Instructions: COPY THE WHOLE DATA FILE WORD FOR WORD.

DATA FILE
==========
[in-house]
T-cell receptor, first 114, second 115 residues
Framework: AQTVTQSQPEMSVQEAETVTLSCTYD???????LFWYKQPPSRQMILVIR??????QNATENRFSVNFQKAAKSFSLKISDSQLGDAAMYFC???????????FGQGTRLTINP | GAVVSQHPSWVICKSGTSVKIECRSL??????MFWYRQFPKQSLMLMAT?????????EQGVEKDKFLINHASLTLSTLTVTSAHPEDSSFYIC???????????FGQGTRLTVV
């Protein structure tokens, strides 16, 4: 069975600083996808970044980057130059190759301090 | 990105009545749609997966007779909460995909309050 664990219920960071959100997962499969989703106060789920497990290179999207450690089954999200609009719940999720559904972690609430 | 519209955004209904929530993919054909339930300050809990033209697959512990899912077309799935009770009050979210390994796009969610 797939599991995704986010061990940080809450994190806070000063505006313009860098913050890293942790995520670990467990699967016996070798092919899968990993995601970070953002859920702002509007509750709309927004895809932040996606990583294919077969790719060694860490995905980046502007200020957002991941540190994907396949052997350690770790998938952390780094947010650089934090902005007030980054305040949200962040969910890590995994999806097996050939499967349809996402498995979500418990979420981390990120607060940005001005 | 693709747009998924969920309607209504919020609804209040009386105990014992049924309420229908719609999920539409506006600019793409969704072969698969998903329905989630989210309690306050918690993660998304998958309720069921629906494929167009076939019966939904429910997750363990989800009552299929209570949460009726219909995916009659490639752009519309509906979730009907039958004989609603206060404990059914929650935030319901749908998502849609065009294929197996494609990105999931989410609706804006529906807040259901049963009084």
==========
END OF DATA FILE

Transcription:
[in-house]
T-cell receptor, first 114, second 115 residues
Framework: AQTVTQSQPEMSVQEAETVTLSCTYD???????LFWYKQPPSRQMILVIR??????QNATENRFSVNFQKAAKSFSLKISDSQLGDAAMYFC???????????FGQGTRLTINP | GAVVSQHPSWVICKSGTSVKIECRSL??????MFWYRQFPKQSLMLMAT?????????EQGVEKDKFLINHASLTLSTLTVTSAHPEDSSFYIC???????????FGQGTRLTVV
């Protein structure tokens, strides 16, 4: 069975600083996808970044980057130059190759301090 | 990105009545749609997966007779909460995909309050 664990219920960071959100997962499969989703106060789920497990290179999207450690089954999200609009719940999720559904972690609430 | 519209955004209904929530993919054909339930300050809990033209697959512990899912077309799935009770009050979210390994796009969610 797939599991995704986010061990940080809450994190806070000063505006313009860098913050890293942790995520670990467990699967016996070798092919899968990993995601970070953002859920702002509007509750709309927004895809932040996606990583294919077969790719060694860490995905980046502007200020957002991941540190994907396949052997350690770790998938952390780094947010650089934090902005007030980054305040949200962040969910890590995994999806097996050939499967349809996402498995979500418990979420981390990120607060940005001005 | 693709747009998924969920309607209504919020609804209040009386105990014992049924309420229908719609999920539409506006600019793409969704072969698969998903329905989630989210309690306050918690993660998304998958309720069921629906494929167009076939019966939904429910997750363990989800009552299929209570949460009726219909995916009659490639752009519309509906979730009907039958004989609603206060404990059914929650935030319901749908998502849609065009294929197996494609990105999931989410609706804006529906807040259901049963009084």